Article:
Geographically speaking, Southern India is the area encompassing India's states of Andhra Pradesh, Karnataka, kerala and Tamil Naddu as well as the union territories of Lakshadweep and pondcherry, occupying 19.31% of area. South India lies in the peninsular Deccan Plateau and is bounded by the Arabian Sea, India Ocean and the Bay of Bengal in the west , south and east respectively. The geography of the region is diverse, encompassing two mountain ranges the Western Ghats and Eastern Ghats and a platesu Heartland. Godavari, Krishna, Tungabhadra and Kaveri rivers are important non-perinnial sources of water. Inhabitants of Southern India are referred to as South Indian. A majority of South Indians speaks one of the five Dravidian languages Kannada, Malayalam, Tamil Telugu and Tulu. During its history, a number of dynastic kingdoms ruled over parts of South India whose invasions across southern and southeastern Asia impacted the history and cultures of modern nation- states such as Sri Lanka, Indonesia Thailand and Malaysia. The region was colonized by Britain and gradually incorporated into the British Empire.
Historically speaking, the history of South India covers a span of over two thousand years during which the region saw the rise and fall of a number of dynasties and empires. The period of known history of the region begins with the ancient period during which the great king Ashoka ruled over most of the Indian subcontinent. The dynasties of Satavahana, Chera, Chola, Pandya, Kakatiya and Hoysala were at their peak during various periods of history. These kingdoms constantly fought amongst each other and against external forces. Vijayanagara Empire rose in response to the Muslim intervention and covered the most of south India and acted as a bulwark against Mughal expansion into the south. When the European powers arrived during the 16th century CE, the southern kingdoms were not powerful enough to resist the new threat and eventually succumbed to British occupation. The British created the Madras Presidency, which covered most of south India directly administered by the British Raj, and divided the rest into a number of dependent princely states. After Indian independence South India was linguistically divided into the states of Andhra pradesh, Karnataka, Kerala and Tamil Nadu.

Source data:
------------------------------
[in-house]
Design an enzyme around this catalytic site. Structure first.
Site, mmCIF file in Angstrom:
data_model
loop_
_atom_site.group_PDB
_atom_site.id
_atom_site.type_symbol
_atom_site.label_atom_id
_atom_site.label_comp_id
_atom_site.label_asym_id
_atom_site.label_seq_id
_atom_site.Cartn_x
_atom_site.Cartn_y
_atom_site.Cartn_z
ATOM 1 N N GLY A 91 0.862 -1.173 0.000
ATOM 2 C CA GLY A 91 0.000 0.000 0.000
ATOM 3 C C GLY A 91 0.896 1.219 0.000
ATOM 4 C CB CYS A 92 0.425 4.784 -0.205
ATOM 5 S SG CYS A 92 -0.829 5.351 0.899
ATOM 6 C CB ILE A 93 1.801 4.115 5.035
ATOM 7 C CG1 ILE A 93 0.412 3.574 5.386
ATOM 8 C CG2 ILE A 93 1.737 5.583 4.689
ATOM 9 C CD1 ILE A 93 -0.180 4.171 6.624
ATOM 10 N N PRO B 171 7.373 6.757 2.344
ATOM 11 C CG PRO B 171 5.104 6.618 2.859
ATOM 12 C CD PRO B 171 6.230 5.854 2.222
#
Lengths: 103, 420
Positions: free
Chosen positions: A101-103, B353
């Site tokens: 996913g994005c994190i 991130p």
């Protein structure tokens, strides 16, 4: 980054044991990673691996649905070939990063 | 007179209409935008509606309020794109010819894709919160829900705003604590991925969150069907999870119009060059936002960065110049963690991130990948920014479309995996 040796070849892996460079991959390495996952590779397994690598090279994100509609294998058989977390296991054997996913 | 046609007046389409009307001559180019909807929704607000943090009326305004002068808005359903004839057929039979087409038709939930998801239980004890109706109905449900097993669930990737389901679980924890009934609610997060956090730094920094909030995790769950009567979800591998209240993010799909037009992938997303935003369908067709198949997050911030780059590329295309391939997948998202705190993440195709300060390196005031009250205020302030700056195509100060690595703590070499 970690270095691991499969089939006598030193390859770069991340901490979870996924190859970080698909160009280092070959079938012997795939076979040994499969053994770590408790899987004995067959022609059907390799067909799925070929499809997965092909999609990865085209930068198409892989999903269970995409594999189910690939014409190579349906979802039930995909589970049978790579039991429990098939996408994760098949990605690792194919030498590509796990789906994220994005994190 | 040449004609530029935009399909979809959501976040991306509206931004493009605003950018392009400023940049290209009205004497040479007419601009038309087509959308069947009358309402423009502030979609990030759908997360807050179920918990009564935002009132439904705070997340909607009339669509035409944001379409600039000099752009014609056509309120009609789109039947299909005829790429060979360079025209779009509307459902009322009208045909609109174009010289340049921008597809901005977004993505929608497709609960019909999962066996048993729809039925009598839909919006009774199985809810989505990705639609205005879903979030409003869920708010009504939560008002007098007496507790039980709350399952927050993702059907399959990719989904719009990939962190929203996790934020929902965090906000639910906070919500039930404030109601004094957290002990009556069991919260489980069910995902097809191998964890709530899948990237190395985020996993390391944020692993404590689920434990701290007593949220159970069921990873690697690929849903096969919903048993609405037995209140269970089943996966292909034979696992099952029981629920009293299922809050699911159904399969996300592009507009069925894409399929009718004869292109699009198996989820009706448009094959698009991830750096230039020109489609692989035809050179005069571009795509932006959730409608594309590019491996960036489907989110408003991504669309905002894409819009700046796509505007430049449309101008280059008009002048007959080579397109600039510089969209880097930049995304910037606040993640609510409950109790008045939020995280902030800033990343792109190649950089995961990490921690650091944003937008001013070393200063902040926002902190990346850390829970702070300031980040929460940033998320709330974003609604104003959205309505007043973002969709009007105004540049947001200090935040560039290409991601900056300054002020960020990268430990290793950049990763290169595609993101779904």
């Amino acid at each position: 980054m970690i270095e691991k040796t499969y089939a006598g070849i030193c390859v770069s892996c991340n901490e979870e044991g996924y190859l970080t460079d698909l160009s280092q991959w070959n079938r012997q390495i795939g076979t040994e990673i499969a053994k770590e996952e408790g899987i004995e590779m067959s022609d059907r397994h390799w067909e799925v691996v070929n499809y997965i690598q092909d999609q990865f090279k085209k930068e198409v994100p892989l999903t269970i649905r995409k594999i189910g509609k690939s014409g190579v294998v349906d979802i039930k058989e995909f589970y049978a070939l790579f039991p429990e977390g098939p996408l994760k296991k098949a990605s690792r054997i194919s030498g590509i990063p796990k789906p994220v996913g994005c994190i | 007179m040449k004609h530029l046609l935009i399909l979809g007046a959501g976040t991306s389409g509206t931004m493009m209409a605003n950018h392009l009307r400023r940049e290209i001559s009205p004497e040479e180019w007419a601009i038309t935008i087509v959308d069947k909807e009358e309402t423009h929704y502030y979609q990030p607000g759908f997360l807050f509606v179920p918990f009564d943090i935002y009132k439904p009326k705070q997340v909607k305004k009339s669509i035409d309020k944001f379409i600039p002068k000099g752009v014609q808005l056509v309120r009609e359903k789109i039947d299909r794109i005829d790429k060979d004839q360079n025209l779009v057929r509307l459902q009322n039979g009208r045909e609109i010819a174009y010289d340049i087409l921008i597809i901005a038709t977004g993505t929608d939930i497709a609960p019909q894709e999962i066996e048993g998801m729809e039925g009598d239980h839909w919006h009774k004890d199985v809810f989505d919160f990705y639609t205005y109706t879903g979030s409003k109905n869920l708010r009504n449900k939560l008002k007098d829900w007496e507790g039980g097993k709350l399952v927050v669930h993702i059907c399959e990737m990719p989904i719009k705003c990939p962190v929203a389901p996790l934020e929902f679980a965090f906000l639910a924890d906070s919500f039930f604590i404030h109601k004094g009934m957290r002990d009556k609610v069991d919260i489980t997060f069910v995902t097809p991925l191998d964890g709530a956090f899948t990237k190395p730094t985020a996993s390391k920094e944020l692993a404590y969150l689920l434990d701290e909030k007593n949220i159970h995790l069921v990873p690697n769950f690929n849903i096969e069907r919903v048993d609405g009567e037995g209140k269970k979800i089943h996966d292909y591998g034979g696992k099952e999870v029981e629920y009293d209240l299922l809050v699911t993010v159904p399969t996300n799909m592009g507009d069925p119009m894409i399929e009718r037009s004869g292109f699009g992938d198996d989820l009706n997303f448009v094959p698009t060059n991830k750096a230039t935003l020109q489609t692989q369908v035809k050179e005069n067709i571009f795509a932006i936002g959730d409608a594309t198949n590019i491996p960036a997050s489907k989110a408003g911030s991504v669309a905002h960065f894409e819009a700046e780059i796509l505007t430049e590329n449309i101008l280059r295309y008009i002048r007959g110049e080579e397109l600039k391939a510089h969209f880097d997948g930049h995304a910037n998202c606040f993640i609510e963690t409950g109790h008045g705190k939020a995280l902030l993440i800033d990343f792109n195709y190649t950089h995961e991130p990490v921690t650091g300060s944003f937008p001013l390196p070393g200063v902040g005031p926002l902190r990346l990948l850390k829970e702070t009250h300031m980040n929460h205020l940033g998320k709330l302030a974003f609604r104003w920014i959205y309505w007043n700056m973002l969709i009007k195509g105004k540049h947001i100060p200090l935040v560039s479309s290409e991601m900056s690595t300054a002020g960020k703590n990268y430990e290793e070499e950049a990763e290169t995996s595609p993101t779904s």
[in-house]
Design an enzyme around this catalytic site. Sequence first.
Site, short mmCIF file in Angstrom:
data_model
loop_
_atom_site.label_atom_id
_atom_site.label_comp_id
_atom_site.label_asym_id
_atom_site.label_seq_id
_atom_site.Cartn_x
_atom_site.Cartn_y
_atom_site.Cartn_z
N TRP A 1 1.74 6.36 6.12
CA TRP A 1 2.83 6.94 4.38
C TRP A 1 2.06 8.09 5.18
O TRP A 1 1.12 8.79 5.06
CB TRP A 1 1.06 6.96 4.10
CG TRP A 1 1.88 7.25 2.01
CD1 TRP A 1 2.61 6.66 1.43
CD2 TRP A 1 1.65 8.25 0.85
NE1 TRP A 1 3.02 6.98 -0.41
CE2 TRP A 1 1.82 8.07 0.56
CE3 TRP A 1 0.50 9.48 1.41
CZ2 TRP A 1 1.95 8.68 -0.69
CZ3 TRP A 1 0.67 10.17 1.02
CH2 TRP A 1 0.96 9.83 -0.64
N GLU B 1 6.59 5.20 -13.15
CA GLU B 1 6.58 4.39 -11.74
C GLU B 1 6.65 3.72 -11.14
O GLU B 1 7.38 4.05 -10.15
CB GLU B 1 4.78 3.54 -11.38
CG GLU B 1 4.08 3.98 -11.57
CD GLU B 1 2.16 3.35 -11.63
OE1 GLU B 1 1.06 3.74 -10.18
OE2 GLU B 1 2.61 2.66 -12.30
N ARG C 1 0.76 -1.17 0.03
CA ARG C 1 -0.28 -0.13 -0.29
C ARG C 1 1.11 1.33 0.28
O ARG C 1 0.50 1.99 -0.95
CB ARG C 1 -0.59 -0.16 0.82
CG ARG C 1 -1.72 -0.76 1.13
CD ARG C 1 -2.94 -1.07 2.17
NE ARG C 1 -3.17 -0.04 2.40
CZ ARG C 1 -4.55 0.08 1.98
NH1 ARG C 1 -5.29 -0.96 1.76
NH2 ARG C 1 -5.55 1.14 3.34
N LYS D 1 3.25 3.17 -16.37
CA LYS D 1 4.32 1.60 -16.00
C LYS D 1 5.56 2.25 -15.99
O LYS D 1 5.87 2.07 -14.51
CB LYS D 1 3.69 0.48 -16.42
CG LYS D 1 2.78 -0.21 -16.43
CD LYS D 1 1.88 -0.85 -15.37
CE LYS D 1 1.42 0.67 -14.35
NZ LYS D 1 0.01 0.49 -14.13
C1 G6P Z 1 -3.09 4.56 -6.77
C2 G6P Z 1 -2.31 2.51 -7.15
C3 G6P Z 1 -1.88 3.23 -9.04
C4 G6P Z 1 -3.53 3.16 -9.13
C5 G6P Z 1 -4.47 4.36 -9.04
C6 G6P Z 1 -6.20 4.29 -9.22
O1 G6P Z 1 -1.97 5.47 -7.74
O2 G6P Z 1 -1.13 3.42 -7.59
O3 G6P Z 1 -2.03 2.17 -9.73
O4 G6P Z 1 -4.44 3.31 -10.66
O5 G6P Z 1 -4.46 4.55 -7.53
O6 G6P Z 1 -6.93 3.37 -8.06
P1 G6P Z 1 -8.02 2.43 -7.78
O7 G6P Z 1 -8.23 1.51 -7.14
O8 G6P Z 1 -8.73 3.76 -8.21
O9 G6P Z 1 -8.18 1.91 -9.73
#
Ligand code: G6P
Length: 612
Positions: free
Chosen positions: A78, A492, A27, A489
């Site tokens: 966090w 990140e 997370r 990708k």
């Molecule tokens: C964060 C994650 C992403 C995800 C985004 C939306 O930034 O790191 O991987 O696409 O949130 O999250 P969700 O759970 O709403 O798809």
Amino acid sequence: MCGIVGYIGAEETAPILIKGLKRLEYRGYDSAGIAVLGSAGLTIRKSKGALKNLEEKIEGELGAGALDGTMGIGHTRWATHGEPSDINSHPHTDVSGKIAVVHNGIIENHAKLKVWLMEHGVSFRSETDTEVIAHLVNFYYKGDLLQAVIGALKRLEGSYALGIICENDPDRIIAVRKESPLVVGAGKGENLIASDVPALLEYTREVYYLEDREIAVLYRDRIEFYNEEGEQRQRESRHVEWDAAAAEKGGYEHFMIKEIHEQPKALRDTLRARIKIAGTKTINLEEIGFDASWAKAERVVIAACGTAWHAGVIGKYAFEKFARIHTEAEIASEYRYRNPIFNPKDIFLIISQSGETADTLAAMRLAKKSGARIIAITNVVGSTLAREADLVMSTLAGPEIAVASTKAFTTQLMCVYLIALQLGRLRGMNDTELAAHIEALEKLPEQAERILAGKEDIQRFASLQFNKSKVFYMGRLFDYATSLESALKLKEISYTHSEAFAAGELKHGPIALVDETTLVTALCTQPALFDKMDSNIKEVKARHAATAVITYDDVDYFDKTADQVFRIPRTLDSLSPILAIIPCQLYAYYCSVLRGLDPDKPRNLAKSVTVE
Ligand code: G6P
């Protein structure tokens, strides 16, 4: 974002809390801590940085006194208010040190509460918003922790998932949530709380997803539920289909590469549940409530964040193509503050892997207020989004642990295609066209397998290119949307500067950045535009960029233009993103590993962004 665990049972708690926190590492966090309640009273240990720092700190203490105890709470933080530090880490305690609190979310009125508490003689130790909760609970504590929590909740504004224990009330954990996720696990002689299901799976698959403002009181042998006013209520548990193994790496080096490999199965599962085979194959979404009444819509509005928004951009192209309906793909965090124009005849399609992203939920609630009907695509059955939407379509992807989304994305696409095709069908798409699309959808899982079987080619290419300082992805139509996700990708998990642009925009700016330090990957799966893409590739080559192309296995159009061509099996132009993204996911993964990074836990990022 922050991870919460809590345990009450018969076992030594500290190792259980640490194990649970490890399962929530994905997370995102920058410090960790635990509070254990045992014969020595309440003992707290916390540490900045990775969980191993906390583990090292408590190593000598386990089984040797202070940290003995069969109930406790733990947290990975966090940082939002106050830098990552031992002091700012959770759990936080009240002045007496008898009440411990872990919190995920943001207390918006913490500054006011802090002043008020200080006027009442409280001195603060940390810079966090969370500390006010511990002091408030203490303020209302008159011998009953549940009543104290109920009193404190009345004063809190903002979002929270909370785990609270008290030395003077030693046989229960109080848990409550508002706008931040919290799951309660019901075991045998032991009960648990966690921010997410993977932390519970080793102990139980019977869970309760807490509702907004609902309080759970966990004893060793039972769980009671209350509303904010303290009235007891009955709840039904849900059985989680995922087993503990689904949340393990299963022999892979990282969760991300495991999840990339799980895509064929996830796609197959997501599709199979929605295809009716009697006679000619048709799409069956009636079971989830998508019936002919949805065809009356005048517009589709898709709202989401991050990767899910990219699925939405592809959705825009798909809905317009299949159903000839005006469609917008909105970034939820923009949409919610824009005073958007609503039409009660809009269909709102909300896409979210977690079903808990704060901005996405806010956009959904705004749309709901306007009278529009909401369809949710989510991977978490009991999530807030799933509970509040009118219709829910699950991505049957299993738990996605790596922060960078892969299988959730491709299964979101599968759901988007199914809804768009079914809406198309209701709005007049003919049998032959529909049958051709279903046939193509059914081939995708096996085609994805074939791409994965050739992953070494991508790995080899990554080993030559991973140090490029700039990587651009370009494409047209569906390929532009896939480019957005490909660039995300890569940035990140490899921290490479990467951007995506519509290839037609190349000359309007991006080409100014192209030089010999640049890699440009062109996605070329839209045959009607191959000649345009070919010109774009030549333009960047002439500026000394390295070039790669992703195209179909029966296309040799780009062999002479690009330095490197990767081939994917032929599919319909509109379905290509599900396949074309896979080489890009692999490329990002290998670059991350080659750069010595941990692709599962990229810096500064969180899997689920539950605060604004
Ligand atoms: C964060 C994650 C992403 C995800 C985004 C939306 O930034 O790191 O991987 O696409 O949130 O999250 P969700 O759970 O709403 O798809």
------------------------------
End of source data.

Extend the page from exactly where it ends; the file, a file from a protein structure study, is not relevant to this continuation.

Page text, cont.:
The study of the occupational caste groups and their activities in India in the early modern phase is an important theme of study. It is equally difficult to state with exactitude about the occupational caste groups because of this complexity and their changing states especially in South India. To define 'occupational caste groups' is problematic. Generally, Sudras, untouchables, artisans, different caste groups (Left and Right Hand), who were engaged in different factories, agriculture fields as a laborers, workers, slaves, servants, etc., on the basis of their accumulated hereditary works or different occupations or set by the society, may called 'occupational caste group'. However, these occupational caste groups competed to get the 'noble' and 'clean' professions. As such with this process, the occupational caste groups gradually gained new identity in course of time. The first three chapters devoted to the occupational castes groups and related issues.